To date, advances in nanotechnology have been primarily concentrated around adult cancers. Nanotechnology involves the use of encapsulated particles of drugs that go into the core of the cell. The nanoparticles stick only to the cancer cells and destroy them by delivering the drug precisely, without detecting or harming the normal cells. In preclinical models of leukemia, Dr. Rajasekaran and his team were able to improve survival and quality of life via nanotechnology. Encapsulating the drug uses one third of the typical dose, with good treatment results and no discernible side effects. In addition, the mice that received the drugs delivered via nanoparticles survived longer than those that received the drug administered in the traditional way.

####

For more information, please click here

Copyright © Wiley-VCH Materials Science Journals

If you have a comment, please Contact us.

Issuers of news releases, not 7th Wave, Inc. or Nanotechnology Now, are solely responsible for the accuracy of the content.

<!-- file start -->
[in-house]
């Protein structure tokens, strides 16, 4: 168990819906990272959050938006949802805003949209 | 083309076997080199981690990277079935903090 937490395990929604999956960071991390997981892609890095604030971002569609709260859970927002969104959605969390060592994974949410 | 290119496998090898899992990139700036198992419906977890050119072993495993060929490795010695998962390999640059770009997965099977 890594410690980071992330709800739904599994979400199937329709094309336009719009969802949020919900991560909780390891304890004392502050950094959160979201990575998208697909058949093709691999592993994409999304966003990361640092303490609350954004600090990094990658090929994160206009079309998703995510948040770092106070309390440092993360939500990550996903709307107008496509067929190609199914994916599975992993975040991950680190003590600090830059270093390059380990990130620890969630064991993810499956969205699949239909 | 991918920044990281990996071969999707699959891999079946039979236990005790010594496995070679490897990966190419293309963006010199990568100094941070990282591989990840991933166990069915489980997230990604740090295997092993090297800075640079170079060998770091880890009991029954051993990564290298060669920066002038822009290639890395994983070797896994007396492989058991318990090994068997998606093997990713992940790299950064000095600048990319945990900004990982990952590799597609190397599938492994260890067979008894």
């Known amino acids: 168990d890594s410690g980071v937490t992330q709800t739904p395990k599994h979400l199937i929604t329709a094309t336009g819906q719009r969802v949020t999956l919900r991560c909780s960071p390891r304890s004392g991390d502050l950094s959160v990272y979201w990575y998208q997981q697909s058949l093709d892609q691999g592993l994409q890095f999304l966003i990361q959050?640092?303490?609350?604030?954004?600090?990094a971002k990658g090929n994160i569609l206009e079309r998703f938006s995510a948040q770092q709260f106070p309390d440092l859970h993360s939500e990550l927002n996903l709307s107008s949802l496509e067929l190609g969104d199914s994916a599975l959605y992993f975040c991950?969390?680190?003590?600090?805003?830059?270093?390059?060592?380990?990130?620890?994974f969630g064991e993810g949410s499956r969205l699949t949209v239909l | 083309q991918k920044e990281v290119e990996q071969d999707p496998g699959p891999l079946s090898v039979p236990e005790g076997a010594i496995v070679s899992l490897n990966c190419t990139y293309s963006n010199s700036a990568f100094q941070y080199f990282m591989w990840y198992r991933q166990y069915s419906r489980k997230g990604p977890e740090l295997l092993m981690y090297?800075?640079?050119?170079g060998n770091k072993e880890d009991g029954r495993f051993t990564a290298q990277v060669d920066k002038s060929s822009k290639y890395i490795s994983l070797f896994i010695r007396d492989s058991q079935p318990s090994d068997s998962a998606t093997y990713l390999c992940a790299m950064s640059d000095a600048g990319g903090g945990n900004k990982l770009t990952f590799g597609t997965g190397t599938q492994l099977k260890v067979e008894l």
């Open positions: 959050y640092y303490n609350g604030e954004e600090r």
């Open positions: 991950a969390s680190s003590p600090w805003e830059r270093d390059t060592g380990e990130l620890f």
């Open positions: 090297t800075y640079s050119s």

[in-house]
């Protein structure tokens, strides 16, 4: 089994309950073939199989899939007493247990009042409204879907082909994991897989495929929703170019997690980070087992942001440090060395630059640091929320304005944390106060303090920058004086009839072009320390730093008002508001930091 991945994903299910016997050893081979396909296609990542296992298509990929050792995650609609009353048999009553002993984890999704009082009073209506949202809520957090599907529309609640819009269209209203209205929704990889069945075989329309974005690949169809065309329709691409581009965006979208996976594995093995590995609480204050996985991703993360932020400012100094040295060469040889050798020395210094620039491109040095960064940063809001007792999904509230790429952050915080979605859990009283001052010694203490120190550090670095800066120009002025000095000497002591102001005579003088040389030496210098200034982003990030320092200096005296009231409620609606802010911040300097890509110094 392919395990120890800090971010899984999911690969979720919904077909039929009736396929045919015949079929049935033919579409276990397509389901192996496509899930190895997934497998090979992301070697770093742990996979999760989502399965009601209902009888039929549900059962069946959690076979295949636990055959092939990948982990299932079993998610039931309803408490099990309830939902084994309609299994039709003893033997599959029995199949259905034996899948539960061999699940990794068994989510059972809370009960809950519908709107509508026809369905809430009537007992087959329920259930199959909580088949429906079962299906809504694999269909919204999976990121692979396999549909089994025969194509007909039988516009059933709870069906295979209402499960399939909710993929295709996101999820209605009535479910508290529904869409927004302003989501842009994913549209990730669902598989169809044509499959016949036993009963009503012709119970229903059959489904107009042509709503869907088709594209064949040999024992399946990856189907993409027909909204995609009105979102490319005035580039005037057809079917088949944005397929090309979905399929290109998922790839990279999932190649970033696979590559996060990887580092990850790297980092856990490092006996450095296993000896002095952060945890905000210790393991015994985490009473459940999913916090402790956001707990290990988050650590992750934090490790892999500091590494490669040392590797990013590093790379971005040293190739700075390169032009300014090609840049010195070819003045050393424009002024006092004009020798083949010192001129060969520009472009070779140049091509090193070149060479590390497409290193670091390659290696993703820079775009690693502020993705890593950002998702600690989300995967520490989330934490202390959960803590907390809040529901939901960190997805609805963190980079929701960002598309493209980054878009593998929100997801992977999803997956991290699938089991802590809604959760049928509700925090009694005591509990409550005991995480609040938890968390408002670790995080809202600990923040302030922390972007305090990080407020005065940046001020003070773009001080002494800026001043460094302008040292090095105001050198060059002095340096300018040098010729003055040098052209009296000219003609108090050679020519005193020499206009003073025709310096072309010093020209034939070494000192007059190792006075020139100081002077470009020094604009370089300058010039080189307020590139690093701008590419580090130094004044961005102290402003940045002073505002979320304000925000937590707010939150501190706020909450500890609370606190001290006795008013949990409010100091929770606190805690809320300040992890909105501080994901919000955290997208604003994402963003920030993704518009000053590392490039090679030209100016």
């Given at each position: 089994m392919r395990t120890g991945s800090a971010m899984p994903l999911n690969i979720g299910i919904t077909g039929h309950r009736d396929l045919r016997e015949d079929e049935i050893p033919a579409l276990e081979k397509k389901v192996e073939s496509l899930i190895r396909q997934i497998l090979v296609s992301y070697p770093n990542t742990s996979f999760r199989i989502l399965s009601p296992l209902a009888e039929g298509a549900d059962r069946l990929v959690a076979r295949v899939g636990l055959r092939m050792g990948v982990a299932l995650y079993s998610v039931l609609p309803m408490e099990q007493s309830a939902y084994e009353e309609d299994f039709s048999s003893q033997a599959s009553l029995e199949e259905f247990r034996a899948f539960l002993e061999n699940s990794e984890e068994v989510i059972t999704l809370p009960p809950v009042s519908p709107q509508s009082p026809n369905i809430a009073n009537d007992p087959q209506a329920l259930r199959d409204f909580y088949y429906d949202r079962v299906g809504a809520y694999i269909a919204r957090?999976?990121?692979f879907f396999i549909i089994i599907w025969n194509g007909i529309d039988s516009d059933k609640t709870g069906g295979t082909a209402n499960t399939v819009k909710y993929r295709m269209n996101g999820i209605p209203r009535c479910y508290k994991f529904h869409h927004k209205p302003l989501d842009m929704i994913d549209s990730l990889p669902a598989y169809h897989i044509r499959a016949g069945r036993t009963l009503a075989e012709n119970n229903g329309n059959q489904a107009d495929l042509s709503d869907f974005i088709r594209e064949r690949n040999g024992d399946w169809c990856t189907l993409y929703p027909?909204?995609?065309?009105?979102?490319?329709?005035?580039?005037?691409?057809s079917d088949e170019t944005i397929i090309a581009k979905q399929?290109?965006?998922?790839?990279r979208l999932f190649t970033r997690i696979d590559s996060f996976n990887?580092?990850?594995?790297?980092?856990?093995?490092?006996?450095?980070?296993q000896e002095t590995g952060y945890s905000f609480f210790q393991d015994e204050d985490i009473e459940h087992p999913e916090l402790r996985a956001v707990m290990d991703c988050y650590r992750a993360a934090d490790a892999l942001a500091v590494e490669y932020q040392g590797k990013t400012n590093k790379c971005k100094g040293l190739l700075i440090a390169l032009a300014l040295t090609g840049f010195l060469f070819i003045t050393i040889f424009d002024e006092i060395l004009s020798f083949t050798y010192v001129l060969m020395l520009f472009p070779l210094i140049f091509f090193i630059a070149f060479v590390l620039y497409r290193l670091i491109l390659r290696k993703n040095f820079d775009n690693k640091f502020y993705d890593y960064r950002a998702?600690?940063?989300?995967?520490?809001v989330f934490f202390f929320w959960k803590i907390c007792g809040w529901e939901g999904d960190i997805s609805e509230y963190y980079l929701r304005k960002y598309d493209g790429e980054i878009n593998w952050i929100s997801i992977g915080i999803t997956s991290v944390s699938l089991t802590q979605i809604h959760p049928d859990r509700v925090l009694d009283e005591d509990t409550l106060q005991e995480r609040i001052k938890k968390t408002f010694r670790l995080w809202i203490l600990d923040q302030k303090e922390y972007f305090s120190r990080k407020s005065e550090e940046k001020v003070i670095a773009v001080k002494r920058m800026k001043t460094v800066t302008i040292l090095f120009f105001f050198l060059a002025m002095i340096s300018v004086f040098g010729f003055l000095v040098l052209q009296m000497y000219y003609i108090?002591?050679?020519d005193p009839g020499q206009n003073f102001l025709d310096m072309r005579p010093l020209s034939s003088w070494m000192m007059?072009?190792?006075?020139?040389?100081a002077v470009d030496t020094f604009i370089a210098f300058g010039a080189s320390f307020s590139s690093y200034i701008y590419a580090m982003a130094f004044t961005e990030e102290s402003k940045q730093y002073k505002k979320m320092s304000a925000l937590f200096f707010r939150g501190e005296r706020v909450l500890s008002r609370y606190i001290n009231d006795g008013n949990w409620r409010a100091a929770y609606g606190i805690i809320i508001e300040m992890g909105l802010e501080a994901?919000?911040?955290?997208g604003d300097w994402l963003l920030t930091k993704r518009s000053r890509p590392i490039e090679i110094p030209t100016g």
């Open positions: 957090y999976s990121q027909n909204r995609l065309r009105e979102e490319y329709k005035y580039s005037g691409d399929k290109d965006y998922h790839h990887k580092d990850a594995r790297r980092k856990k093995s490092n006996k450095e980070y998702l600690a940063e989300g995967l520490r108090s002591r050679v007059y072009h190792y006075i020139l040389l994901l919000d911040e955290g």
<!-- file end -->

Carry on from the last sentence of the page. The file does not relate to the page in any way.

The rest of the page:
Bookmark:
Delicious Digg Newsvine Google Yahoo Reddit Magnoliacom Furl Facebook

Related Links

Link to the original paper:

Related News Press

News and information

New Hopes for Treatment of Intestine Cancer by Edible Nanodrug March 2nd, 2015

Imec, Holst Centre and Renesas Present World’s Lowest Power 2.4GHz Radio Chip for Bluetooth Low Energy March 1st, 2015

Imec, Murata, and Huawei Introduce Breakthrough Solution for TX-to-RX Isolation in Reconfigurable, Multiband Front-End Modules for Mobile Phones: Electrical-Balance Duplexers Pave the Way to Integrated Solution for TX-to-RX Isolation March 1st, 2015

Imec Demonstrates Compact Wavelength-Division Multiplexing CMOS Silicon Photonics Transceiver March 1st, 2015

Nanomedicine

New Hopes for Treatment of Intestine Cancer by Edible Nanodrug March 2nd, 2015

Graphene Shows Promise In Eradication Of Stem Cancer Cells March 1st, 2015

Novel Method to Determine Optical Purity of Drug Components March 1st, 2015

Untangling DNA with a droplet of water, a pipet and a polymer: With the 'rolling droplet technique,' a DNA-injected water droplet rolls like a ball over a platelet, sticking the DNA to the plate surface February 27th, 2015

Discoveries

New Hopes for Treatment of Intestine Cancer by Edible Nanodrug March 2nd, 2015